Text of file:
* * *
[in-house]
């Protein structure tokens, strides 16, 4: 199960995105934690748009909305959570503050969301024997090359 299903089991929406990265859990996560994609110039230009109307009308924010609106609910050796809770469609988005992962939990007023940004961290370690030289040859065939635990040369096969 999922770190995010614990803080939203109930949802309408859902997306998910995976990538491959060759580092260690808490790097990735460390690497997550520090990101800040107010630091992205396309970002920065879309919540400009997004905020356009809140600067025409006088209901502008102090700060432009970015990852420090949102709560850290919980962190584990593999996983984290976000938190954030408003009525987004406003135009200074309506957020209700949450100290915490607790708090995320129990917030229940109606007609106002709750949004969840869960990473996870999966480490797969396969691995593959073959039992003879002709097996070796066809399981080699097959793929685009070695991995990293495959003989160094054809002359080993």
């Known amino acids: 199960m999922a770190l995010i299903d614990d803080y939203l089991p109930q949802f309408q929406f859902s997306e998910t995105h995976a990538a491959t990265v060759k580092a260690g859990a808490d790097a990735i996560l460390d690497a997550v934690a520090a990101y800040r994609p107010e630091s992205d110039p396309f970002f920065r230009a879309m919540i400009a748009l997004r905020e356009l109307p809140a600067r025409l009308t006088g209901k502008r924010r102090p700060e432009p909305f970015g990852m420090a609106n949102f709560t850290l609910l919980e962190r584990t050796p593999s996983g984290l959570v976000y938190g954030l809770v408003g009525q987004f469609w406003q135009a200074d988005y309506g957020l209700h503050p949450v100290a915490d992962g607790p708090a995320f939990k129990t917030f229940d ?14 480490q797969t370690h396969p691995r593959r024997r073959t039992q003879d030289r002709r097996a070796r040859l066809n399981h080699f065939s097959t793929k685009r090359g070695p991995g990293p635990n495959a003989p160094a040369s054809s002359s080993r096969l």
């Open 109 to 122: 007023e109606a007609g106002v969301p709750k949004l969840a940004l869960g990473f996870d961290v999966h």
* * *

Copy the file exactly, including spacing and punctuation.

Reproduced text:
[in-house]
């Protein structure tokens, strides 16, 4: 199960995105934690748009909305959570503050969301024997090359 299903089991929406990265859990996560994609110039230009109307009308924010609106609910050796809770469609988005992962939990007023940004961290370690030289040859065939635990040369096969 999922770190995010614990803080939203109930949802309408859902997306998910995976990538491959060759580092260690808490790097990735460390690497997550520090990101800040107010630091992205396309970002920065879309919540400009997004905020356009809140600067025409006088209901502008102090700060432009970015990852420090949102709560850290919980962190584990593999996983984290976000938190954030408003009525987004406003135009200074309506957020209700949450100290915490607790708090995320129990917030229940109606007609106002709750949004969840869960990473996870999966480490797969396969691995593959073959039992003879002709097996070796066809399981080699097959793929685009070695991995990293495959003989160094054809002359080993």
């Known amino acids: 199960m999922a770190l995010i299903d614990d803080y939203l089991p109930q949802f309408q929406f859902s997306e998910t995105h995976a990538a491959t990265v060759k580092a260690g859990a808490d790097a990735i996560l460390d690497a997550v934690a520090a990101y800040r994609p107010e630091s992205d110039p396309f970002f920065r230009a879309m919540i400009a748009l997004r905020e356009l109307p809140a600067r025409l009308t006088g209901k502008r924010r102090p700060e432009p909305f970015g990852m420090a609106n949102f709560t850290l609910l919980e962190r584990t050796p593999s996983g984290l959570v976000y938190g954030l809770v408003g009525q987004f469609w406003q135009a200074d988005y309506g957020l209700h503050p949450v100290a915490d992962g607790p708090a995320f939990k129990t917030f229940d ?14 480490q797969t370690h396969p691995r593959r024997r073959t039992q003879d030289r002709r097996a070796r040859l066809n399981h080699f065939s097959t793929k685009r090359g070695p991995g990293p635990n495959a003989p160094a040369s054809s002359s080993r096969l």
């Open 109 to 122: 007023e109606a007609g106002v969301p709750k949004l969840a940004l869960g990473f996870d961290v999966h």